Trend Hunter's President Shelby Walsh was recently asked by The New York Times to share her thoughts about the concept of death repeatedly popping up in art, fashion and pop culture. The macabre subject often spikes the interest of many especially around the time of Halloween when sinister themes and ghoulish archetypal characters become a primary source of inspiration.
Themes of mourning, death and decay in fashion tend to showcase the world from a more realistic perspective. According to Walsh this dark outlook is drastically different than the ideal depiction of life that consumers are use to seeing on social media accounts like Instagram. Costume conservator Miriam Murphy has helped curate an exhibit at the Metropolitan Museum of Modern Art titled, 'Death Becomes Her: A Century of Mourning Attire' that explores similar themes through costume design.
Flirting With the Dark Side
THE NEW YORK TIMES
Miriam Murphy, a costume conservator, sat bent over a cutting table at the rear of the Metropolitan Museum of Art the other day, laboriously reapplying sequins to a silk chiffon mourning gown that last saw light when Queen Alexandra of England wore it in 1902.
That shimmering dress, along with some 30 somberly modish 19th- and early 20th-century garments, was being resurrected, lovingly readied for a second life as part of the museum’s fall exhibition, sassily entitled “Death Becomes Her: A Century of Mourning Attire.”
The show’s opening on Tuesday, just in advance of Halloween, was pure happenstance, said Harold Koda, the curator in charge, the exhibition itself born of his interest in extreme fashion silhouettes, but refocused when the Met acquired a selection of mourning costumes from the Brooklyn Museum.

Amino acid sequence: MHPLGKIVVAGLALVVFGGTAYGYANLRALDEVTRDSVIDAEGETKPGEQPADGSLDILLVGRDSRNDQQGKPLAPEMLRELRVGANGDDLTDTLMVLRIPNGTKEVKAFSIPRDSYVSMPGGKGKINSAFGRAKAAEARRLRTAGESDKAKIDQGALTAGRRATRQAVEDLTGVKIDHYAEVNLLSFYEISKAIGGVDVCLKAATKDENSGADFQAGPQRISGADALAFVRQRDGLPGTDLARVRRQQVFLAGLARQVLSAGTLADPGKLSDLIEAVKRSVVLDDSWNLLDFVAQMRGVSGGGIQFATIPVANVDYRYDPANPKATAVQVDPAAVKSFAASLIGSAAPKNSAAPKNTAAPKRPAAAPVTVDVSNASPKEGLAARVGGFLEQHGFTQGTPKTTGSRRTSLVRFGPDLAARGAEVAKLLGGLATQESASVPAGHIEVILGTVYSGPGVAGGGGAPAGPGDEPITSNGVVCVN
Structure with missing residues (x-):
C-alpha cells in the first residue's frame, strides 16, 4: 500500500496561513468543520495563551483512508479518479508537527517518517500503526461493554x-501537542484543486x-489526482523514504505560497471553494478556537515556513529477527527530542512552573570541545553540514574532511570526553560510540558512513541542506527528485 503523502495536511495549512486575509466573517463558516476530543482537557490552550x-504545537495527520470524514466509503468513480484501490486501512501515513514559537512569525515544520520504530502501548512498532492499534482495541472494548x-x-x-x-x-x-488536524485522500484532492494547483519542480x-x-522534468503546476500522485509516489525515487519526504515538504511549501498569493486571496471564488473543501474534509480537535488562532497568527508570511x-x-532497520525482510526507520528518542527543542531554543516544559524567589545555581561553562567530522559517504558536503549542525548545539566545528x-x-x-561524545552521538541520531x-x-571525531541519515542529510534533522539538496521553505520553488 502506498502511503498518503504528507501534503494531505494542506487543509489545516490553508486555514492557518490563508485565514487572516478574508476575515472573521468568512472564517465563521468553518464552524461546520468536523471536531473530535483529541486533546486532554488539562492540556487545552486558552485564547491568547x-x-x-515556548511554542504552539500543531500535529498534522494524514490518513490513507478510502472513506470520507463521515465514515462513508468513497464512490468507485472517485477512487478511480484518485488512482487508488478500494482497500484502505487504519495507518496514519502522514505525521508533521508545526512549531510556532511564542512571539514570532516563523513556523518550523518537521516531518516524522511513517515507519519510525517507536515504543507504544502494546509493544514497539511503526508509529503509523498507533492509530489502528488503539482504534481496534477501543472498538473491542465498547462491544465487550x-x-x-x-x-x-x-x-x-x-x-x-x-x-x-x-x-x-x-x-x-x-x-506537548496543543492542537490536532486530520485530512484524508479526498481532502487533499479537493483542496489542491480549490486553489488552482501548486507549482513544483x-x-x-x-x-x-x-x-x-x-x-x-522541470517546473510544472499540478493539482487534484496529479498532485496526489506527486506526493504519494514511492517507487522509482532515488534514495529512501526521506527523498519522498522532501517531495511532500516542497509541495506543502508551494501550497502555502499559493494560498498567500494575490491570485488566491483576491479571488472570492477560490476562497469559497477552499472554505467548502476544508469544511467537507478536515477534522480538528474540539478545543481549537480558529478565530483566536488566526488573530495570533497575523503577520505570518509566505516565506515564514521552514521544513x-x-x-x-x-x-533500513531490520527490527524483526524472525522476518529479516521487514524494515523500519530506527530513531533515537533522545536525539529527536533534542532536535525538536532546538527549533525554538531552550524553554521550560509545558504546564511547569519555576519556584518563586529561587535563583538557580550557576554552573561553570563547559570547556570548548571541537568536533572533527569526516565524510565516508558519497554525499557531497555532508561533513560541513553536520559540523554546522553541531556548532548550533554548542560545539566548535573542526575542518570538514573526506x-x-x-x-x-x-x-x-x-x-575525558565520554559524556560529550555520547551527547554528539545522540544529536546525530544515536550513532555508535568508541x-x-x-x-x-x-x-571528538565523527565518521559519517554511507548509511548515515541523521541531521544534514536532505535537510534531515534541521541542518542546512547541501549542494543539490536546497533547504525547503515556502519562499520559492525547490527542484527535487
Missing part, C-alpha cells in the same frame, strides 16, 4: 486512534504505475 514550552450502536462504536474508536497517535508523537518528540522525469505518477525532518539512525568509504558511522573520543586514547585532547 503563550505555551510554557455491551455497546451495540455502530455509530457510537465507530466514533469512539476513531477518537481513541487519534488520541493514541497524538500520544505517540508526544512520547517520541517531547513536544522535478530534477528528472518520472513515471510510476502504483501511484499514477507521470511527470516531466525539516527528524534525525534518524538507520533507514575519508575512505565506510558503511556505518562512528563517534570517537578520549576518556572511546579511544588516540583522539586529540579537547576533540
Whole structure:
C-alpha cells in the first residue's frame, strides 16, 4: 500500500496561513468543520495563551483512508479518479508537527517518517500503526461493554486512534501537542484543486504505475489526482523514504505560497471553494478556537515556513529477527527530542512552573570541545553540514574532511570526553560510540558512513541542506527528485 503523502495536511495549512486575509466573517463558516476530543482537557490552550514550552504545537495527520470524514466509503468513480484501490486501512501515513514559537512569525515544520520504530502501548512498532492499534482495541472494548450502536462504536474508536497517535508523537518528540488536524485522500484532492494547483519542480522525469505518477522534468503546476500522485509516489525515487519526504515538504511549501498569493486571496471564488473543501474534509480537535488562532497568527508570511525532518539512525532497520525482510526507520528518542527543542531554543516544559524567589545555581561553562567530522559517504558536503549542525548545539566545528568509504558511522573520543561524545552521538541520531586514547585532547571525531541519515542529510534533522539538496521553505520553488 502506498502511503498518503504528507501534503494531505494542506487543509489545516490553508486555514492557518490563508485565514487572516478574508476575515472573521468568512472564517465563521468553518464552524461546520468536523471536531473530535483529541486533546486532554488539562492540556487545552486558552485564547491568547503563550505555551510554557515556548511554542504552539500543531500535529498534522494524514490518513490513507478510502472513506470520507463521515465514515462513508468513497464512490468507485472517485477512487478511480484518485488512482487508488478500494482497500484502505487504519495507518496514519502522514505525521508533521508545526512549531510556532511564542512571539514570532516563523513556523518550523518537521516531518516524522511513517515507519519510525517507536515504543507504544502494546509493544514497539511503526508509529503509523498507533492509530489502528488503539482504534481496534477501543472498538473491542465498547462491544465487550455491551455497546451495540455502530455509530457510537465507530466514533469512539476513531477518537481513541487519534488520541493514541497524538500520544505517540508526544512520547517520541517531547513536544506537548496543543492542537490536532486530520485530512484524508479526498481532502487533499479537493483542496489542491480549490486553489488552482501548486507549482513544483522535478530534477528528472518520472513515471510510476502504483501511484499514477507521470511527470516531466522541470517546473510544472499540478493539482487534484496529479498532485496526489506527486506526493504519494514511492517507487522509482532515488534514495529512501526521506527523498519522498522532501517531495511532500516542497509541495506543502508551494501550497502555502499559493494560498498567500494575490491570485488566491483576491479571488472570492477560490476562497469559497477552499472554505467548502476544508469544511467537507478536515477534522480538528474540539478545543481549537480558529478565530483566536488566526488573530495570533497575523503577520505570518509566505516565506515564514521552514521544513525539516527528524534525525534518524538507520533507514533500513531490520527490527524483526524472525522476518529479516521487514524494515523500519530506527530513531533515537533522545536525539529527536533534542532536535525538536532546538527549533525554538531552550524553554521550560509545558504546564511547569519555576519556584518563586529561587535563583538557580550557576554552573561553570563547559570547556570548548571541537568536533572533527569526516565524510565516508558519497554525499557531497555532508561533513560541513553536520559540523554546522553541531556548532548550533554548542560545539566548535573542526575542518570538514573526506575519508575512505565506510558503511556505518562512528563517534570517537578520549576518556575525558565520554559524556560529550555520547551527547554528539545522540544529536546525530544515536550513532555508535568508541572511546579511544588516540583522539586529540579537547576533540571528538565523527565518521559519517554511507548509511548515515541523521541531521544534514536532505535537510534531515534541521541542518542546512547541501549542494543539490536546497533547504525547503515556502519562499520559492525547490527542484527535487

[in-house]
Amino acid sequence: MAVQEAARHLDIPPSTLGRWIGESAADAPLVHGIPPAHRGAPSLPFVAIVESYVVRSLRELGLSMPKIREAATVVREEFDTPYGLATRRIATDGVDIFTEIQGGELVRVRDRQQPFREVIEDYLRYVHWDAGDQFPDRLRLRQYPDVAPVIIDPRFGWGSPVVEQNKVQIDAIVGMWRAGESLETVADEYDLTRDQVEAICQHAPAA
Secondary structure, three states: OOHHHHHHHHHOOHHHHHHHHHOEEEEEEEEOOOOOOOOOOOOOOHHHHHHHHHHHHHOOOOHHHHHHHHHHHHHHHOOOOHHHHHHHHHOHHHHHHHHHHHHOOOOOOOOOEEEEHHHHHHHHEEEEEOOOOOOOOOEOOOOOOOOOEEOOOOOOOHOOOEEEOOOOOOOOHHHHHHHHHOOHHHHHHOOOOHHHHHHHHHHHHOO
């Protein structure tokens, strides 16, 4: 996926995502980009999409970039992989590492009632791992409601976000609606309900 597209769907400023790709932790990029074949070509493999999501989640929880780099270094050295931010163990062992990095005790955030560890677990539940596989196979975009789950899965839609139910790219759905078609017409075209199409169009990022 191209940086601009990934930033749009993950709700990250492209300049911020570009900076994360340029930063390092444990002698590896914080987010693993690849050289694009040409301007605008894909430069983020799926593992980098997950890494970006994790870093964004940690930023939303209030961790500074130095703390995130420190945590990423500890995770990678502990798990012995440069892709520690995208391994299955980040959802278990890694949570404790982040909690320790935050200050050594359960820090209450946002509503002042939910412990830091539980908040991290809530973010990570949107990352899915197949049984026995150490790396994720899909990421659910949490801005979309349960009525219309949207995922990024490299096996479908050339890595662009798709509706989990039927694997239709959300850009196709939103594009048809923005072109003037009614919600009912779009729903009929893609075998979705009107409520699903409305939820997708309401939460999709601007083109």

“But a show on mourning would he appropriate any time,” Mr. Koda said. “Mourning, if you take a superficial view, is incredibly chic.”
Indeed, bereavement and its handmaiden, melancholy, seem to be sharing a moment of late, taking center stage or hovering in the wings of several current museum exhibitions, on television shows and in films, and in fine art and music, lending a whiff of glamour to a topic most people would prefer to ignore. That aura may partly explain why in recent months many Americans have suspended their dread of the D word to indulge a romance with the Reaper.
“There is this darker feeling, a pervasive sense of melancholy in culture and fashion,” said Shelby Lee Walsh, the president and head of research at the Trend Hunter website — perhaps an acknowledgment, Ms. Walsh said, “that life isn’t as wonderful as we see it portrayed on our Instagram accounts.”
Read the full article at The New York Times